After getting his feet wet as an editor in India, Bhansali moved to Los Angeles to complete his master’s at the world renowned American Film Institute. Once in the states, he dove in with full force creating a reputation for himself as an exponentially talented editor in the narrative film world. Some of his recent work includes Cusi Cram’s award-winning dramatic comedy “Wild & Precious,” which earned the Best Narrative Award from the NYLA International Film Festival, Mattson Tomlin’s family drama “Persuasion” and Stefan Kubicki’s “Against Night.”
In addition to winning awards at the USA Film Festival, Woodstock Film Festival, Ojai Film Festival, as well as being nominated for several more from the American Society of Cinematographers and Guam International Film Festival, Kubicki’s drama “Against Night” also earned Bhansali international recognition for his work. Delicately weaving together the story of a cosmonaut who struggles to deal with the haunting memory of the loss of his wife and young daughter, Bhansali’s work on the film earned the Festival Prize for Best Editing at the Kolkata International Film Festival in India and the June Award for Best Editing from the Los Angeles Independent Film Festival Awards in the US.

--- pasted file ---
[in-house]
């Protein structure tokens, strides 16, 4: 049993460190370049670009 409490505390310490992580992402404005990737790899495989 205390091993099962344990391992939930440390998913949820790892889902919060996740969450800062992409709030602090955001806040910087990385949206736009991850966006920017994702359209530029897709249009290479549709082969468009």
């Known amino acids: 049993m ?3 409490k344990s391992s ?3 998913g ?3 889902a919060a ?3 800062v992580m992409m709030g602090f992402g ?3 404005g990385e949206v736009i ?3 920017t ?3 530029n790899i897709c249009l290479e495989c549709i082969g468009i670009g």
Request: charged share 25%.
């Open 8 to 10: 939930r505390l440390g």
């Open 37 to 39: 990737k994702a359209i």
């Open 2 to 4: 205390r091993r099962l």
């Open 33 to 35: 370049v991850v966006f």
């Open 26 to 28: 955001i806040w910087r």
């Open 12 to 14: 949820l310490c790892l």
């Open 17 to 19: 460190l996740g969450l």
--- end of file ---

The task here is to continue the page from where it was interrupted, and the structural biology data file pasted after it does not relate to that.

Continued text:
For Bhansali, the art of editing is all about striking a balance between the director’s vision and what his creative voice believes is best for the story.
“I find editing to be humbling and empowering at the same time – you’re constantly making decisions about the way in which a story unfolds, but you do this within the context of the director’s vision,” he explains. “This balance of finding my own expression and balancing it with the larger creative arc is what drew me into the world of filmmaking, and editing became a way of life before I knew it.”
One of the many unique aspects of Bhansali’s gift as an editor is his ability to adapt to the needs of a project and use his creativity to solve potential problems in a way that allows the production to flow seamlessly. His work as the editor on Tomlin’s 2014 film “Persuasion” speaks leagues to why these traits are such a vital asset to any production. “Persuasion” focuses on a father’s process of coming to grips with his son’s unnatural gift for controlling people’s behavior with David Kopelev (“The Escort,” “Heritage”) starring as the son and Gregory Linington (“Indigo,” “Dune”) as the father. Early in the developing story there is a scene where Kopelev’s character has a face off with a bear, an event that instills in the father the startling awareness of how truly powerful his son is.
Bhansali recalls, “Mattson was convinced that the only way to portray this scene in a realistic sense would be to shoot it with a real bear. Given that the child actor was only 7 years old, we had to come up with a way to use a motion controlled camera rig to shoot separate plates with the bear and child, and combine them in post production with the help of visual effects supervisor Mike Pappa.”